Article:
It’s the first thing a journalism student hears upon acceptance into J-school: don’t plagiarize. It’s beaten into our heads from the moment we walk through the door, and its consequences effectively branded upon our minds for semesters to come.
Yet, this doesn’t seem to stop some of the less ethically-bound among us from lifting as little as a sentence fragment to a staggering four paragraphs (details to come) as a substitute for originality and authenticity.
Upon discovery, its consequences extend far beyond a blemish on the plagiarist’s academic and/or professional record. As John E. McIntyre, copy desk chief for The Baltimore Sun suggests, “a shadow will linger” over the institutions that publish the offending material. As a journalist’s sole responsibility is to present an honest, original and unbiased representation of news developments (though an alarmingly large sector of the modern media seem to have forgotten or have wilfully ignored the latter), anything resembling credibility is instantly forfeit when plagiarism is committed. And noting more than a few ways of fact-checking/confirming legitimacy in the online era, plagiarism is more than a question of morality – it’s a question of intellect.
Notable in student history is the case of University of Florida student Hailey Mac Arthur’s internship at Colorado’s The Gazette in the July of 2009. For reasons seemingly unbeknownst to her peers or employers at the time, Mac Arthur was found to have been guilty of knowingly copying and pasting as many as four paragraphs from articles posted on the website of the prolific New York Times.
Mac Arthur was effectively fired, the stories were pulled, and an apology was issued by Editor Jeff Thomas on behalf of the paper. That Mac Arthur thought it suitable not only to lift the source material without attribution (not that attribution would’ve excused the disconcerting lack of originality), but to take it from one of the most recognized publications in the western hemisphere lends credence to the assertion that plagiarism is not just the hallmark of the dishonest, but the hallmark of the stupid as well.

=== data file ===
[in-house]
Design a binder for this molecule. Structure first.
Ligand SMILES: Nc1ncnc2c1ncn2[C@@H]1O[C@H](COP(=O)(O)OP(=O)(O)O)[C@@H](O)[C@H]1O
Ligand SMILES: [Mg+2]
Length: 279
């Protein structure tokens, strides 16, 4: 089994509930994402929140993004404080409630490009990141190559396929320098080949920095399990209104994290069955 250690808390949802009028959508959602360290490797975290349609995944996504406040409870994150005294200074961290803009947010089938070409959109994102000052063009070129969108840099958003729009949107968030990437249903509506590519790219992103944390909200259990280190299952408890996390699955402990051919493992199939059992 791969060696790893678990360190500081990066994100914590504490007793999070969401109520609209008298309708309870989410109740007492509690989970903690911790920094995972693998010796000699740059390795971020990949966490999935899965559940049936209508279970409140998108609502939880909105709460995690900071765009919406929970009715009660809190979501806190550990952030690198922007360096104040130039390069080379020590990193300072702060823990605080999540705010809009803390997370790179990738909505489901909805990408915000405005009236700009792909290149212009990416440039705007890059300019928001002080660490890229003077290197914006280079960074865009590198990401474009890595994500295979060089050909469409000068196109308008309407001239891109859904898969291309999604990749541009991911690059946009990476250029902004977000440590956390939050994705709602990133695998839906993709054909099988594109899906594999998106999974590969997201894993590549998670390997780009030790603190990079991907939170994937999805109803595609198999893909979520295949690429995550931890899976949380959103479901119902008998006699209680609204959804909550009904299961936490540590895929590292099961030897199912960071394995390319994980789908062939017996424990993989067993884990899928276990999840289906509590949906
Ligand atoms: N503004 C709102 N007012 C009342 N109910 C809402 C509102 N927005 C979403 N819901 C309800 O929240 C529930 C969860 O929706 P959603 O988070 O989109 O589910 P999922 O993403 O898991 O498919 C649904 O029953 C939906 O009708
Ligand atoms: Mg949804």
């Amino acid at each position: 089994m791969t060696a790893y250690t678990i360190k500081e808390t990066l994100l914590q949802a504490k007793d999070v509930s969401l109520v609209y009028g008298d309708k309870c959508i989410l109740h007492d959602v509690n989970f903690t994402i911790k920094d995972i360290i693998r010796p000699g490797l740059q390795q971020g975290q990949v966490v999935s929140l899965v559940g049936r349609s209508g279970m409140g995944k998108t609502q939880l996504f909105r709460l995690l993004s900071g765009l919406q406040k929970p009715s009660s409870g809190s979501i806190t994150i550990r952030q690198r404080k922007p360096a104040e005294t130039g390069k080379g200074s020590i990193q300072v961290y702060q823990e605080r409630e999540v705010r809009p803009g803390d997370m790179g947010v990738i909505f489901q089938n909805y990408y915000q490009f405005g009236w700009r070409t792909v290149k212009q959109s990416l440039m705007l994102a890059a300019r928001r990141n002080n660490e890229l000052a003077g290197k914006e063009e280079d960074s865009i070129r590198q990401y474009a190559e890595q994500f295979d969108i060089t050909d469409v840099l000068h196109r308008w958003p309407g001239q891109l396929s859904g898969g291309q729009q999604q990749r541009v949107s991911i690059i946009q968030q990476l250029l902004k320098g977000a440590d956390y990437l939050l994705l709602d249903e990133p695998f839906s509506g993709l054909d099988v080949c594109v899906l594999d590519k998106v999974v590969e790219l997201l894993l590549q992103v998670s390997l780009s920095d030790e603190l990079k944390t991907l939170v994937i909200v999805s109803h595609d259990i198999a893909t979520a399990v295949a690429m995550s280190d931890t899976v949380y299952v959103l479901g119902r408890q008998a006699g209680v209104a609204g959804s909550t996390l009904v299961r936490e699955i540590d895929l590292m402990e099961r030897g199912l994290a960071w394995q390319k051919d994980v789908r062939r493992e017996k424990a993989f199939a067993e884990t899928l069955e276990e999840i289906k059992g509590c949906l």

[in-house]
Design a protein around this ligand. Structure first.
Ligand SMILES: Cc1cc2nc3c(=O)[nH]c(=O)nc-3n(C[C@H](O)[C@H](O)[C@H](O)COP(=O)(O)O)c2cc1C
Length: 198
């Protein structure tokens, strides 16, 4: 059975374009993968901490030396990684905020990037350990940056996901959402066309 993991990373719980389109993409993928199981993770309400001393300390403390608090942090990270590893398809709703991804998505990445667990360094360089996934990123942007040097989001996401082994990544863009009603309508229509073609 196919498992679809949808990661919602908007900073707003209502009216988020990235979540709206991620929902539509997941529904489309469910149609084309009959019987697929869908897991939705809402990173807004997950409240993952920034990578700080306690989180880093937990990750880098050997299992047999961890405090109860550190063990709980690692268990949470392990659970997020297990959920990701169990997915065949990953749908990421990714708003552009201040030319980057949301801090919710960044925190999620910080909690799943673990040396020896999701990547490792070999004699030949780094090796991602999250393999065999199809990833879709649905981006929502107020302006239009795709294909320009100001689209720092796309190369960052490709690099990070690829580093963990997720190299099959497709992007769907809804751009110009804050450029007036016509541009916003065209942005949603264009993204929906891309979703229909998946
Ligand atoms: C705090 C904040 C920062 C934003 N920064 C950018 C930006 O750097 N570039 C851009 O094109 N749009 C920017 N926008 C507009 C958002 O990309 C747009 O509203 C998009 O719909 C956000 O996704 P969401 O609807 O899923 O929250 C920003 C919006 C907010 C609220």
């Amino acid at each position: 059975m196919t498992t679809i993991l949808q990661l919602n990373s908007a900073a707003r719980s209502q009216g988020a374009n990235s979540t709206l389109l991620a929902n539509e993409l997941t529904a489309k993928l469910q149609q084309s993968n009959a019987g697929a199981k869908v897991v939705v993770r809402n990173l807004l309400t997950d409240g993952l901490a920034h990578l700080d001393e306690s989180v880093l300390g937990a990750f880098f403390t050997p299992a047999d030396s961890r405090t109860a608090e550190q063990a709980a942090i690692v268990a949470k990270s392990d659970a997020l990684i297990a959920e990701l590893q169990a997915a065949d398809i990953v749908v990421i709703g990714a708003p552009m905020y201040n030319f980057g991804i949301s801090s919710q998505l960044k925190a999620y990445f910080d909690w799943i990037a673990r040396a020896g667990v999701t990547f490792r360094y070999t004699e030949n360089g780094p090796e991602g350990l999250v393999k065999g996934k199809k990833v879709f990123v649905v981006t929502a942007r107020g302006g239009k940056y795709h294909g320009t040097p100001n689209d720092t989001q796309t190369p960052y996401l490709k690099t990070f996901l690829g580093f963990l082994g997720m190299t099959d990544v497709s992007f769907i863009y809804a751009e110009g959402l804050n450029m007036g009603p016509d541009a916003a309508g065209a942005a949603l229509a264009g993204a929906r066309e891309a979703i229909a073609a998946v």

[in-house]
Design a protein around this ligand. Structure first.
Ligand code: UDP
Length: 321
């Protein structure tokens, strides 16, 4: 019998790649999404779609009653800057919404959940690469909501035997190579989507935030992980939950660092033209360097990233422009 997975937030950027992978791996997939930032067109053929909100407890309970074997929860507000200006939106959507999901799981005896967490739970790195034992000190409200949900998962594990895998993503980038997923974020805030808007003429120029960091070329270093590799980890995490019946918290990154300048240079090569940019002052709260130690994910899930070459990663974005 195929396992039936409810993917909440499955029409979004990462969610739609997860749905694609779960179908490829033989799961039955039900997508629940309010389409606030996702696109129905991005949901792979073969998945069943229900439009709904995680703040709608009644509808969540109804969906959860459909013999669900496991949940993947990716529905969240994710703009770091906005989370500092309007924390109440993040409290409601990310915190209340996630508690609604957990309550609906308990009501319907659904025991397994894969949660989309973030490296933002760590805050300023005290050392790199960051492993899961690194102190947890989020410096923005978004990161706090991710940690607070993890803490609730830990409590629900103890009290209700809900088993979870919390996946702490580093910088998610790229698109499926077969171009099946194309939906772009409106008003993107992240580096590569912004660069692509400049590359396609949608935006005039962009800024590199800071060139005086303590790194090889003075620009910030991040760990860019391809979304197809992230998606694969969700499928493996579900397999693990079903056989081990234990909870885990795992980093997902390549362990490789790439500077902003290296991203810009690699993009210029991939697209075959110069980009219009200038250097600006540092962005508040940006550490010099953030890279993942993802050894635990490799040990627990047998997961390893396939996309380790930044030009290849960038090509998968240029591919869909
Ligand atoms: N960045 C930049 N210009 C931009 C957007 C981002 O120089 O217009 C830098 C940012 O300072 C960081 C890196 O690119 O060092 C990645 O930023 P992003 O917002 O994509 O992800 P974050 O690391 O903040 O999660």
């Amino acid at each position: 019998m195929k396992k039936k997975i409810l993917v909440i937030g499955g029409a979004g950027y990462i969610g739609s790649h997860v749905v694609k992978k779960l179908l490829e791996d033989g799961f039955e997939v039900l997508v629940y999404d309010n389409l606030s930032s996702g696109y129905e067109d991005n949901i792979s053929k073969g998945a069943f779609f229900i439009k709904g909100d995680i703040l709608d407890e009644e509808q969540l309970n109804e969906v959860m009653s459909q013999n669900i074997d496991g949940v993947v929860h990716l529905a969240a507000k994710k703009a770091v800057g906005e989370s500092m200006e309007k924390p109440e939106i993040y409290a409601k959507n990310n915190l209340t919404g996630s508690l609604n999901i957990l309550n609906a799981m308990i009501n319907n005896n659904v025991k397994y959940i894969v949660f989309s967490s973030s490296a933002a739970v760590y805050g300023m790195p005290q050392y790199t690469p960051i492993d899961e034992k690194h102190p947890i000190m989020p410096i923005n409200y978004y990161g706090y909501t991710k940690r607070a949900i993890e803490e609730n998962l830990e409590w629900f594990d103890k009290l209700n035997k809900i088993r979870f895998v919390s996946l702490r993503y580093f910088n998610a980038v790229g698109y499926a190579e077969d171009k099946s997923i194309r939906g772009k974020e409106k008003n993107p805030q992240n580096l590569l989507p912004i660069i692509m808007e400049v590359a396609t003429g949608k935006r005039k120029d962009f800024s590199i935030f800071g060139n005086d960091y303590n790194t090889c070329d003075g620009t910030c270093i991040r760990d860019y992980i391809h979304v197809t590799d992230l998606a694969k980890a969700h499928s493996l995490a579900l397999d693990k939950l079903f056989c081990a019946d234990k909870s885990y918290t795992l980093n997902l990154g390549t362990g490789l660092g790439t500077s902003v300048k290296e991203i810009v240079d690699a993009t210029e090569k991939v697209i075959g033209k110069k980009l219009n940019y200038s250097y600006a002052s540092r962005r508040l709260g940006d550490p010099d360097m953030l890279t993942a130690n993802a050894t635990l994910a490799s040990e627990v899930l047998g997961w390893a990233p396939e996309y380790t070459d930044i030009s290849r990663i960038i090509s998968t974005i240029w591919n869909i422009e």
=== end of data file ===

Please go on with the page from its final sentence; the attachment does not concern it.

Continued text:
This reckless disregard for journalistic ethics goes beyond academic failure, of course. One of the most famous instances of plagiarism came in May of 2003, following the New York Time’s own Jayson Blair. Minor infractions in one of Blair’s most recent articles lead his editor to discover that certain sections of the article mirrored those of a story published by San Antonio Express-News’s Macarena Hernandez (who also happened to be a former colleague of Blair’s when she interned at the NY Times years earlier in 1999). The discovery led to an investigation regarding a stunning seven stories in which he had either lifted/modified copy from other publications, or had fabricated factual data altogether. Days later, the Times published an extensive cover story on Blair’s offenses, and were forced to concede that the scandal represented “a profound betrayal of trust and a low point in the 152-year history of the newspaper.”
The monumental level of coverage that the scandal received for months to come illustrates just how great of an infidelity to journalistic integrity – and in fact, to the public to which we speak as a whole – plagiarism and distortion are. When your indicated job is to report the news as it happens, there is no greater failure imaginable than to publish stolen or falsified material. It represents a breach of professional conduct, as well as an unforgivable misapprehension with regards to what a journalist is supposed to be. It is rarely just an “honest mistake”. It is a deliberate act of theft and fraudulence.
The same article that elaborated upon and apologized for Jayson Blair’s missteps noted that “He fabricated comments. He concocted scenes. He lifted material from other newspapers and wire services.” It also added an often overlooked, but fundamental factor: “He selected details from photographs to create the impression he had been somewhere or seen someone, when he had not.”
Blair’s trend of adding succinct details to his falsified coverage represents how often the purveyors of journalistic dishonesty put a surprising amount of work into taking the perceived “easy road”. Just like the common liar, the guilty are often forced to compound their falsehoods when questioned – each lie covering up for the void left by the last, until the story can sustain itself no more.
In truth, the plagiarist shares more with the common liar than one might expect. Like a liar, their actions – while detrimental to their peers and all those who trust them – often end up damaging their own lives far beyond the reputations of their benefactors. The New York Times and The Gazette will rebuild. Jayson Blair and Hailey Mac Arthur will not.
Anything so much as a Google search yields as many as hundreds of thousands of pages chronicling their humiliations at length, each with a fellow journalist chiming in with an opinion of their own on how spectacularly they have failed. The plagiarist is forever tainted, and is deemed eternally useless in any field for which literary honesty is a prerequisite.
The cost of plagiarism is higher than most would care to acknowledge, and it comes with the added price of perverting the very foundations upon which journalism stands. It is a blight on news media, and one which is to be confronted and disciplined at every available opportunity.